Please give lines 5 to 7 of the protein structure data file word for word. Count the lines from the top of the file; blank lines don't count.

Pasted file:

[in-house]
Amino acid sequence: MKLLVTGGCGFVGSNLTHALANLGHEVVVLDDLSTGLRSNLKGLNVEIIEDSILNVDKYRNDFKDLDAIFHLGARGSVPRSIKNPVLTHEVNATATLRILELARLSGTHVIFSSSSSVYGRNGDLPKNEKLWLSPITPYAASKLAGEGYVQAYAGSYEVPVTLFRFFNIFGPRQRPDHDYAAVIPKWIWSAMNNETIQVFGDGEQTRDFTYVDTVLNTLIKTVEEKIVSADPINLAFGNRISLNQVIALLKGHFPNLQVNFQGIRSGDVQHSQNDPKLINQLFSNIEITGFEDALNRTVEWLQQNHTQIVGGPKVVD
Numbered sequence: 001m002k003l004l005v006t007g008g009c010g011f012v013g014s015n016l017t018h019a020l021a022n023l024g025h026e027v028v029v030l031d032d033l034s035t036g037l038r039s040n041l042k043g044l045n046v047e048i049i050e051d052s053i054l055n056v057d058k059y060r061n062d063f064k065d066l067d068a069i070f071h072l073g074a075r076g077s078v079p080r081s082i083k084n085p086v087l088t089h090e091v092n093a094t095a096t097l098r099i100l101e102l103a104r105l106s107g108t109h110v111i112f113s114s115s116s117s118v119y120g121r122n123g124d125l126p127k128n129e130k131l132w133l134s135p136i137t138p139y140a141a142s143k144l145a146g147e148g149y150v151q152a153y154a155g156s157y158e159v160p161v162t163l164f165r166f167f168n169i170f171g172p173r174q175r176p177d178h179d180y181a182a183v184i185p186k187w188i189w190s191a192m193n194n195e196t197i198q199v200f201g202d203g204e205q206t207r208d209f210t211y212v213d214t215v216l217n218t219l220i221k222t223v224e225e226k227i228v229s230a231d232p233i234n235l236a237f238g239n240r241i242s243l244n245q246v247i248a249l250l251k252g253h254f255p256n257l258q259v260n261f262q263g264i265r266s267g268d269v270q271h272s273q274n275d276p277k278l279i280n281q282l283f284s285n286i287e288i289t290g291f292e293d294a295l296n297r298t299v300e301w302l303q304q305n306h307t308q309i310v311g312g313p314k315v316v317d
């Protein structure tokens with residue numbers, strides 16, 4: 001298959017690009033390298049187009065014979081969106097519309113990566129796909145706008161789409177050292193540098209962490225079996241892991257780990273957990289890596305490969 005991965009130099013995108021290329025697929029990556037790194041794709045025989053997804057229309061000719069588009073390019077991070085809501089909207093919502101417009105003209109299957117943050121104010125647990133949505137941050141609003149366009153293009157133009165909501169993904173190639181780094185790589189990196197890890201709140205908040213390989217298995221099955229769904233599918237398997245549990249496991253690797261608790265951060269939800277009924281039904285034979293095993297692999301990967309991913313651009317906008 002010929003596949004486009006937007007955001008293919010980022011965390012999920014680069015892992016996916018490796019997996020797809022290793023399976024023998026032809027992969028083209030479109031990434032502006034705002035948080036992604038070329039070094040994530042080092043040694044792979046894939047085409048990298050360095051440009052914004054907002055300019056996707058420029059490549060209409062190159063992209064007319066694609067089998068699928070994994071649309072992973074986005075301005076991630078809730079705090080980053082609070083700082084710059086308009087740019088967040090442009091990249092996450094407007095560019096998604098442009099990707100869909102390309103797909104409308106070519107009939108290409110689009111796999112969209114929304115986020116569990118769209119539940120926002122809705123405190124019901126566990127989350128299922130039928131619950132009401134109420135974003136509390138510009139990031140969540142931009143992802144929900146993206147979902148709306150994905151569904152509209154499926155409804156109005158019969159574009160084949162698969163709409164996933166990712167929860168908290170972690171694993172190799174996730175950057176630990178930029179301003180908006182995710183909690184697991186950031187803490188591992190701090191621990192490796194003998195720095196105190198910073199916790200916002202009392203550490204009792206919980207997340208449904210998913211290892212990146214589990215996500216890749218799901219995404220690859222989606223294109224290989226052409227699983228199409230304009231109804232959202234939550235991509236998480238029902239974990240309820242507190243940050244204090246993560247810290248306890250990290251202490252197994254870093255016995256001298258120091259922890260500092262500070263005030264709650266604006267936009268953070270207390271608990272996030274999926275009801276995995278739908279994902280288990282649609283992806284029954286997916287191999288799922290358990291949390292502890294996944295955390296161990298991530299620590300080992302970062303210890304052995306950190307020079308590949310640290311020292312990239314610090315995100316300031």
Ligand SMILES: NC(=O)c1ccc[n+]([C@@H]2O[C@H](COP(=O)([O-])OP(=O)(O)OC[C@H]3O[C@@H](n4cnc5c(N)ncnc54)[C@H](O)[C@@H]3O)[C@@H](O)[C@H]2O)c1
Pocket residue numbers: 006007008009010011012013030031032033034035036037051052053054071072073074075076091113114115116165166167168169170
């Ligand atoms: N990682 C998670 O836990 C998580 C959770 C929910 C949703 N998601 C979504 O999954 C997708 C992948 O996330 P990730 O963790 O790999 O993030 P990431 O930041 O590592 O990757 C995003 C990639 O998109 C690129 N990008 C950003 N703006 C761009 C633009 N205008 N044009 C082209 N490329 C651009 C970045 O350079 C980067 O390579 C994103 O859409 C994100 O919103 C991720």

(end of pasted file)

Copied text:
Ligand SMILES: NC(=O)c1ccc[n+]([C@@H]2O[C@H](COP(=O)([O-])OP(=O)(O)OC[C@H]3O[C@@H](n4cnc5c(N)ncnc54)[C@H](O)[C@@H]3O)[C@@H](O)[C@H]2O)c1
Pocket residue numbers: 006007008009010011012013030031032033034035036037051052053054071072073074075076091113114115116165166167168169170
């Ligand atoms: N990682 C998670 O836990 C998580 C959770 C929910 C949703 N998601 C979504 O999954 C997708 C992948 O996330 P990730 O963790 O790999 O993030 P990431 O930041 O590592 O990757 C995003 C990639 O998109 C690129 N990008 C950003 N703006 C761009 C633009 N205008 N044009 C082209 N490329 C651009 C970045 O350079 C980067 O390579 C994103 O859409 C994100 O919103 C991720």